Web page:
Pokémon Go for iOS doesn’t have quite as much access to your Google account as some gamers have feared, but it’s clear that Niantic isn’t wasting time trying to assuage your concerns.
Niantic Labs has pushed the game’s first update, version 1.0.1, on iOS, which fixes a variety of bugs including the game’s permissions issue for players logging in with their Google accounts.
Earlier this week, players discovered that signing in with a Google account granted the developer full access to that account, including location data, recent web browsing information, and the ability to both read and write email. Niantic responded to the news on Monday, clarifying that the game only gathered player usernames and email addresses, and calling the scope of the access “an error.”
Ari Rubinstein, a security engineer at Slack Technologies Inc., discovered that Niantic doesn’t collect any data from a user’s Google account other than their username and email address.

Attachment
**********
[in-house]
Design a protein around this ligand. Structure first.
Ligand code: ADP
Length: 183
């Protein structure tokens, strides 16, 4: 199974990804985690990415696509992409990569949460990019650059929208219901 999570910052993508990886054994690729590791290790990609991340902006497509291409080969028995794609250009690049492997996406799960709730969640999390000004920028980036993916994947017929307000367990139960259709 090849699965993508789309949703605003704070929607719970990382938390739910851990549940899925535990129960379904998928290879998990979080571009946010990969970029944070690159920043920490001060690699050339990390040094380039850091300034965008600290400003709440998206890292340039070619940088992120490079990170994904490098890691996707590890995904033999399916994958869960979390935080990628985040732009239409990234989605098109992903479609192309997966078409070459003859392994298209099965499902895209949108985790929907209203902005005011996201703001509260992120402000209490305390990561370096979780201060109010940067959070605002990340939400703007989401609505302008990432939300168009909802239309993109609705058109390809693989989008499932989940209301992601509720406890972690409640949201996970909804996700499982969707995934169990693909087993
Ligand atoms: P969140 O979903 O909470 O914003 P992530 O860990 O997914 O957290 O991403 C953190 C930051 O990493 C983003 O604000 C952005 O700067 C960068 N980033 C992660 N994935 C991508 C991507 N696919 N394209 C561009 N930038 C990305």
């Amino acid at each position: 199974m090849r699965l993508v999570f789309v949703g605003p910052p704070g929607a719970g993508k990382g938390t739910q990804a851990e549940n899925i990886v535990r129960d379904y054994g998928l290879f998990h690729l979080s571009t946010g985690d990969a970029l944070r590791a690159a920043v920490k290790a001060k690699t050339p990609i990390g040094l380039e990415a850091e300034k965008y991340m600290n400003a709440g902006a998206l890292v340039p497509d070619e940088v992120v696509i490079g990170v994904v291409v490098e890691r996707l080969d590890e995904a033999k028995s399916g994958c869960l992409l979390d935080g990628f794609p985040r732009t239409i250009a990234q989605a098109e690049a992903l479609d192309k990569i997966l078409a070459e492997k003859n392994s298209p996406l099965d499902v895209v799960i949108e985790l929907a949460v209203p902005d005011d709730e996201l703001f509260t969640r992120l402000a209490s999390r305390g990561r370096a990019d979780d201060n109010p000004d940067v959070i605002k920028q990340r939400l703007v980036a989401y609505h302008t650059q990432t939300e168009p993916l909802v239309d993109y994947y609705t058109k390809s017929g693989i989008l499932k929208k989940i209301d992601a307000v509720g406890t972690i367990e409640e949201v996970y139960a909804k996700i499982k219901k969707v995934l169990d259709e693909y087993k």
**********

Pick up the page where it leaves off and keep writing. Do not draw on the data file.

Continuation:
After issuing the update for iOS, Niantic’s new permission request only asks for “basic Google profile information, in line with the data that we actually access.” When you log in to the game after installing the patch, the game only requests access to your username and email.
If you’re still paranoid about the security issue, you can revoke the game’s access to your Google account. Then you can download the update and sign into your Google account again, after which you will see the permissions change on Google’s security page. Revoking the game’s Google account access should not cause you to lose progress in the game.
In addition to the security issue, the update also fixed a login bug that forced players to re-enter their username and password after a forced log out, fixed instability issues for players who logged in with a Pokémon Trainer Club account, and patched out miscellaneous “issues causing crashes.”
Users can now download the patch through the iOS App Store.